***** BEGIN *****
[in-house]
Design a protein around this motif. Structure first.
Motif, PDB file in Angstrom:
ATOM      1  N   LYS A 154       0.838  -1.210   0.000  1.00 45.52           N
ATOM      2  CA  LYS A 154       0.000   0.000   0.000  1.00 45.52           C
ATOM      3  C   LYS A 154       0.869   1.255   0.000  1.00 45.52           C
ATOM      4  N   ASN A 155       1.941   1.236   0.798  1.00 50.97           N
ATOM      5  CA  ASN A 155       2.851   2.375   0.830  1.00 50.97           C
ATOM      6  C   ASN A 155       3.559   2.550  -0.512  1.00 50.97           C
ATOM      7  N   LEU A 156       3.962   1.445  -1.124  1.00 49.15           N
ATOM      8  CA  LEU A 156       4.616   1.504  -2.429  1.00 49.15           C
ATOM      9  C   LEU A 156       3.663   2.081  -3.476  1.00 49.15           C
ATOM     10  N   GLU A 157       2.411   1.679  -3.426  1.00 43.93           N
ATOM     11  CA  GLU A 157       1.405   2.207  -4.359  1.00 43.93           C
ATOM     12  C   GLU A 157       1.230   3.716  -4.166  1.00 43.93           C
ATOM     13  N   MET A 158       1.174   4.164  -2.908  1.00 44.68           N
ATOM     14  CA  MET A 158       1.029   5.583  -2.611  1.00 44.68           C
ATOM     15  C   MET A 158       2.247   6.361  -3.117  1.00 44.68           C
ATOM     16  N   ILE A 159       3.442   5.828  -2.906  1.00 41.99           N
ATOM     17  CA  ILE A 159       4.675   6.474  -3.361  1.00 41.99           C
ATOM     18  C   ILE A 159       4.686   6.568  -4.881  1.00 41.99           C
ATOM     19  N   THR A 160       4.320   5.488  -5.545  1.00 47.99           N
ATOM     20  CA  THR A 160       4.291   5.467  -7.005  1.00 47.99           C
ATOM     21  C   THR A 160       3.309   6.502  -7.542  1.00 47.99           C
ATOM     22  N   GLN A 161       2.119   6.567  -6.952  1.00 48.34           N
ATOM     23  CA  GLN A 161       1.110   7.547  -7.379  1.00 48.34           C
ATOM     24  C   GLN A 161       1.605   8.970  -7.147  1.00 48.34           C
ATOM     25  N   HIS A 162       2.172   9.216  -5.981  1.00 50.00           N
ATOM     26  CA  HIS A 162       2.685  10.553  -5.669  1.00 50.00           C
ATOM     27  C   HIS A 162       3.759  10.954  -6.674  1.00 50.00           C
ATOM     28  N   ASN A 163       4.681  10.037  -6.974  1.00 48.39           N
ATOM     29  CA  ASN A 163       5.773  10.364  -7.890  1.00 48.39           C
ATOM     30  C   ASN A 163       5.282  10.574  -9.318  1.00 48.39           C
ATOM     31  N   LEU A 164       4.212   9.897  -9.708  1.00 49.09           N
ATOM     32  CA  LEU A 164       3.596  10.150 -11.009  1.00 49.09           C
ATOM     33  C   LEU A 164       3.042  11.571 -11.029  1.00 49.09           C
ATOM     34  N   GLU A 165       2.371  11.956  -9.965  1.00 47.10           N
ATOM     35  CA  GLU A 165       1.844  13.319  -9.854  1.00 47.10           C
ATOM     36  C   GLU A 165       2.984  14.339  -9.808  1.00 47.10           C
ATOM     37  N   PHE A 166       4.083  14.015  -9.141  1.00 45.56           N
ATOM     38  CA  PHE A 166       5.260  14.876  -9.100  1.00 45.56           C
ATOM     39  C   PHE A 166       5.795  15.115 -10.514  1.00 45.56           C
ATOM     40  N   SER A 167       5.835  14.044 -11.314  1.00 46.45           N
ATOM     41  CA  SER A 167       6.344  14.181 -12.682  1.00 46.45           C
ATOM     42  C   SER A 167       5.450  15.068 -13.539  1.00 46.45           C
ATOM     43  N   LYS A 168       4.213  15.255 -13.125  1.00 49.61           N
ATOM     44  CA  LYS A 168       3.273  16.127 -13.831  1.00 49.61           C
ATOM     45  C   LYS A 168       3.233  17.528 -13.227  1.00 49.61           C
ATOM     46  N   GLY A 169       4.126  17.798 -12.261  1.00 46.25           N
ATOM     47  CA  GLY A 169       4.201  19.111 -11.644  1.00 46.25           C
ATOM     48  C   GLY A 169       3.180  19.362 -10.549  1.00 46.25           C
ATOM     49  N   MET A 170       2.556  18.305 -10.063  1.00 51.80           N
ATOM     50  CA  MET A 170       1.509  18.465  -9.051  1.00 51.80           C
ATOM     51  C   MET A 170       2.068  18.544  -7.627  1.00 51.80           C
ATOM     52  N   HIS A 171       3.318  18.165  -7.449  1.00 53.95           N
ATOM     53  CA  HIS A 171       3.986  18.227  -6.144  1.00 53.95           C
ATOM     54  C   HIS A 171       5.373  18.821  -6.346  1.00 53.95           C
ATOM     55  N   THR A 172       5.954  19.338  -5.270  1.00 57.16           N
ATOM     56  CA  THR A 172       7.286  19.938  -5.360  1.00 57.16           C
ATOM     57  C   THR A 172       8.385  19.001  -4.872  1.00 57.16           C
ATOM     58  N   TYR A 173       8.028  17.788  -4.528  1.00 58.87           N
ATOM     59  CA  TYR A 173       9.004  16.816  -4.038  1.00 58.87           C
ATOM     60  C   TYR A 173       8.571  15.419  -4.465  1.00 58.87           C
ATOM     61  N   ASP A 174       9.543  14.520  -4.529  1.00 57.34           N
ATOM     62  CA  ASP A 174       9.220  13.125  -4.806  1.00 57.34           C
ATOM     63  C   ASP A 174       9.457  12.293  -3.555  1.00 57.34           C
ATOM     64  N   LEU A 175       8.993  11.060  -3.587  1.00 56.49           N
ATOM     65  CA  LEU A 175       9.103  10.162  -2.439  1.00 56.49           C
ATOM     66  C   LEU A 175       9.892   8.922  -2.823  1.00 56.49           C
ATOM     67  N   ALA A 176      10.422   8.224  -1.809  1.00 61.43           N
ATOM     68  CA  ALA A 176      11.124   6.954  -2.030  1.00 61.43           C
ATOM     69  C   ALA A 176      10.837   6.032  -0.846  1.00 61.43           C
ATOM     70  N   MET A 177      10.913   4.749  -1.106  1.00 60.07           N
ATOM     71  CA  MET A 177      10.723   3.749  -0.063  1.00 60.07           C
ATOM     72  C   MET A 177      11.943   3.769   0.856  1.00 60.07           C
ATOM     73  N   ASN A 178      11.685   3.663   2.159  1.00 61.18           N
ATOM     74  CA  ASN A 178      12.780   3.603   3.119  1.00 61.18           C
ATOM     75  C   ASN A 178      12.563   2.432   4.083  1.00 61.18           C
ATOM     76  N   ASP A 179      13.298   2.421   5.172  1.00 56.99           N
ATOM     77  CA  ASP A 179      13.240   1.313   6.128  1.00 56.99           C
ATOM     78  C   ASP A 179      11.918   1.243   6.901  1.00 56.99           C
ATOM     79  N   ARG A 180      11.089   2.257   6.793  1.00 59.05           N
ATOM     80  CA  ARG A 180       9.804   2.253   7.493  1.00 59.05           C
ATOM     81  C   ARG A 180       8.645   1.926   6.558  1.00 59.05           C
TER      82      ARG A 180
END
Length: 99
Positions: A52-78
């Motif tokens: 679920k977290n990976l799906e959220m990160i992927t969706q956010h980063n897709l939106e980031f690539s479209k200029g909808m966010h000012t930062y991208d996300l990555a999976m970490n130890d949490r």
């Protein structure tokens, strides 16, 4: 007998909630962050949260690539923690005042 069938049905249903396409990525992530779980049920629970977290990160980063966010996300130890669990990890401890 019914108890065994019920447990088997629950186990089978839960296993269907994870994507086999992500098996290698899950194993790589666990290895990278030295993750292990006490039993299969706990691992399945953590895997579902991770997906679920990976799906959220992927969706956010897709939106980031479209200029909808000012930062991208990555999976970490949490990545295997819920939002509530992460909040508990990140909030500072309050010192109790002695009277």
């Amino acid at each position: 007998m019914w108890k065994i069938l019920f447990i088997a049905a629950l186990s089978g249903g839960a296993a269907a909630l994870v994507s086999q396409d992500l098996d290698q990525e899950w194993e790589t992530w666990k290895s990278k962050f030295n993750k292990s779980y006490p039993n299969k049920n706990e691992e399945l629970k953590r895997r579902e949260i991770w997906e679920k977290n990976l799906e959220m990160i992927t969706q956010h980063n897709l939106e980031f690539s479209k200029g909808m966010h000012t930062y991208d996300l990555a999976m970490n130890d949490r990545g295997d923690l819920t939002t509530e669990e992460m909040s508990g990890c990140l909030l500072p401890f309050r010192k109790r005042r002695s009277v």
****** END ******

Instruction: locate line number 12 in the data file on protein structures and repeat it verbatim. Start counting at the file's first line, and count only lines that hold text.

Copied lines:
ATOM      9  C   LEU A 156       3.663   2.081  -3.476  1.00 49.15           C